Tyre Stewardship Australia has endorsed a thorough audit and compliance process to assist better management of old tyres.
Matt Genever, TSA’s CEO, announced the updated governance on a LinkedIn post. Supporting his previous comments on TSA’s role as an effective administrator of the tyre product stewardship scheme, Mr Genever said its accreditation, audit and compliance activities needed to be robust.
“In short, if the TSA brand is designed to signify ‘best environmental practice’ for management of end of life tyres then we need to be sure our members are in fact delivering on these commitments,” said Mr Genever.
To achieve this, the TSA Board has endorsed a thorough audit and compliance function. It plans to undertake audits on new and previously accredited tyre collectors and recyclers by the end of 2015.
In addition, TSA will also embark on pilot audits across some accredited retail outlets. Mr Genevre said this was to ensure that “tyres are not ‘leaking’ out of the system for illegitimate means (such as dumping and stockpiling)”.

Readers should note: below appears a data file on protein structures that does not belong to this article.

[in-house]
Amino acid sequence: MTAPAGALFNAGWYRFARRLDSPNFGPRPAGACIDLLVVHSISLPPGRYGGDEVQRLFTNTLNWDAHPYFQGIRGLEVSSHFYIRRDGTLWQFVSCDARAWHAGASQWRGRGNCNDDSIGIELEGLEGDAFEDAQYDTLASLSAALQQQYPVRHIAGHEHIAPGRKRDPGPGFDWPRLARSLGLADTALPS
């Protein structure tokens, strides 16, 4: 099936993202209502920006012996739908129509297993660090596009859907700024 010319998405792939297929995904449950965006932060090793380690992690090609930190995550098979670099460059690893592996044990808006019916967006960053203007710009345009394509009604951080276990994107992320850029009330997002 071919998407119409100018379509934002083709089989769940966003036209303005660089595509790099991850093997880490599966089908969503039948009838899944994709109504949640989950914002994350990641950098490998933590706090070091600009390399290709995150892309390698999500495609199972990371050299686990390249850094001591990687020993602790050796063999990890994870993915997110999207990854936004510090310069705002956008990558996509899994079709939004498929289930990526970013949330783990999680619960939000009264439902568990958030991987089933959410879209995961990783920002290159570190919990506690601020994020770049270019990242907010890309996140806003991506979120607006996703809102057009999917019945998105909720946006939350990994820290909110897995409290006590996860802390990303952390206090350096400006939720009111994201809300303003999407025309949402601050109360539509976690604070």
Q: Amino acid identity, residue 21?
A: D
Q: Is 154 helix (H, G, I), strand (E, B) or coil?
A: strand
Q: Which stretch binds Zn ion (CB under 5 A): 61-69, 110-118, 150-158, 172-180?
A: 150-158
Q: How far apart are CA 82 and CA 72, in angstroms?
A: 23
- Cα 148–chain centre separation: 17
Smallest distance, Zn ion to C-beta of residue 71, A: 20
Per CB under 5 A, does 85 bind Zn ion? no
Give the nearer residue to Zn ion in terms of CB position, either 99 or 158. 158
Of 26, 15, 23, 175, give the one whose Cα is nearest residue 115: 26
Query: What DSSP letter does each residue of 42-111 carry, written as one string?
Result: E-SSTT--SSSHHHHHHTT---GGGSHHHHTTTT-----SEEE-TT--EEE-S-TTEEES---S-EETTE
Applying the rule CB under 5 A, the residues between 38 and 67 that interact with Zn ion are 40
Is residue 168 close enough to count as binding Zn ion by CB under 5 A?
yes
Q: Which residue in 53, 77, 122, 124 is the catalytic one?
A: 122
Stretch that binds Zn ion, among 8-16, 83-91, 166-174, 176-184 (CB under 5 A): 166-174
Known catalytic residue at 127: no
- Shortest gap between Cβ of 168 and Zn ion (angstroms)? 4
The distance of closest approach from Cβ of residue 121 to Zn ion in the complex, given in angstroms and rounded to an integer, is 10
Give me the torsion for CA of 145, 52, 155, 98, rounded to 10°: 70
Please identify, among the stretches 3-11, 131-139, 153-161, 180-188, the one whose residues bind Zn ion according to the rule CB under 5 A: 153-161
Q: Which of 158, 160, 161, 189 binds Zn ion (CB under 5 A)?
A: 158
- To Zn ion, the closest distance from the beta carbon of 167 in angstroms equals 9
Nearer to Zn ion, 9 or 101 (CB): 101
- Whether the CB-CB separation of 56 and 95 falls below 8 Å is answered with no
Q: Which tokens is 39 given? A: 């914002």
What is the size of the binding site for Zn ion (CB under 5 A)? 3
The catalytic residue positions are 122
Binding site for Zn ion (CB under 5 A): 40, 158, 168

The TSA is also trialling a data collection tool to support these activities.
“The tyre industry as a whole has a long way to go and the markings of poor practice remain evident today. The TSA approach will utilise a number of different mechanisms to improve performance,” explained Mr Genever. “Whilst the audit and compliance work represents the ‘stick’, we will be working across the industry to inform and educate our members on best practice approaches in a number of areas. This approach will look to gradually raise the ideal of ‘best practice’ and eventually allow Australia to become true market leaders.”
The national tyre product stewardship scheme, run by TSA, is gaining momentum, with 1,400 organisations either accredited or in the accreditation process.